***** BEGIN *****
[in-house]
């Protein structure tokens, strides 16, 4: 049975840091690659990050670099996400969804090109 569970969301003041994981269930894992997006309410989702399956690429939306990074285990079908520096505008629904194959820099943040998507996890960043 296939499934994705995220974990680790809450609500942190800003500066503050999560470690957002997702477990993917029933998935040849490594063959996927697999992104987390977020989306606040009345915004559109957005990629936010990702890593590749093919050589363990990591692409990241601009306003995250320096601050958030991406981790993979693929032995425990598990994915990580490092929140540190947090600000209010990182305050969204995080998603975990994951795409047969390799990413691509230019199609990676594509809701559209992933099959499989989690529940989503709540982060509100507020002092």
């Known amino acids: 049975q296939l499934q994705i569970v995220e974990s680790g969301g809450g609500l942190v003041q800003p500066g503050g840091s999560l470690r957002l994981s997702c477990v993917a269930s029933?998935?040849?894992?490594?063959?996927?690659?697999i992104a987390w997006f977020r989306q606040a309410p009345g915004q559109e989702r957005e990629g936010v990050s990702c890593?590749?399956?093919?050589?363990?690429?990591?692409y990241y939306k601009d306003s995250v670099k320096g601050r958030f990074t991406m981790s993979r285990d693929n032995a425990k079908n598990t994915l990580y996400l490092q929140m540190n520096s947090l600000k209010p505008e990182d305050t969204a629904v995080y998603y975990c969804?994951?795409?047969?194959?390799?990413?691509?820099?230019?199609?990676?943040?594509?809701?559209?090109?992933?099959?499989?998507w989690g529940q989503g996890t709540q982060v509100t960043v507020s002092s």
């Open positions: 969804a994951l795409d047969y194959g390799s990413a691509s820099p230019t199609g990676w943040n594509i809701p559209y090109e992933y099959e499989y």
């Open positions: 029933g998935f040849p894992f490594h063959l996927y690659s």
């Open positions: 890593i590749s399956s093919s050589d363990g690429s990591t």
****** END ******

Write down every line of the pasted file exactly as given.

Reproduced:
[in-house]
């Protein structure tokens, strides 16, 4: 049975840091690659990050670099996400969804090109 569970969301003041994981269930894992997006309410989702399956690429939306990074285990079908520096505008629904194959820099943040998507996890960043 296939499934994705995220974990680790809450609500942190800003500066503050999560470690957002997702477990993917029933998935040849490594063959996927697999992104987390977020989306606040009345915004559109957005990629936010990702890593590749093919050589363990990591692409990241601009306003995250320096601050958030991406981790993979693929032995425990598990994915990580490092929140540190947090600000209010990182305050969204995080998603975990994951795409047969390799990413691509230019199609990676594509809701559209992933099959499989989690529940989503709540982060509100507020002092």
């Known amino acids: 049975q296939l499934q994705i569970v995220e974990s680790g969301g809450g609500l942190v003041q800003p500066g503050g840091s999560l470690r957002l994981s997702c477990v993917a269930s029933?998935?040849?894992?490594?063959?996927?690659?697999i992104a987390w997006f977020r989306q606040a309410p009345g915004q559109e989702r957005e990629g936010v990050s990702c890593?590749?399956?093919?050589?363990?690429?990591?692409y990241y939306k601009d306003s995250v670099k320096g601050r958030f990074t991406m981790s993979r285990d693929n032995a425990k079908n598990t994915l990580y996400l490092q929140m540190n520096s947090l600000k209010p505008e990182d305050t969204a629904v995080y998603y975990c969804?994951?795409?047969?194959?390799?990413?691509?820099?230019?199609?990676?943040?594509?809701?559209?090109?992933?099959?499989?998507w989690g529940q989503g996890t709540q982060v509100t960043v507020s002092s």
């Open positions: 969804a994951l795409d047969y194959g390799s990413a691509s820099p230019t199609g990676w943040n594509i809701p559209y090109e992933y099959e499989y």
């Open positions: 029933g998935f040849p894992f490594h063959l996927y690659s």
């Open positions: 890593i590749s399956s093919s050589d363990g690429s990591t």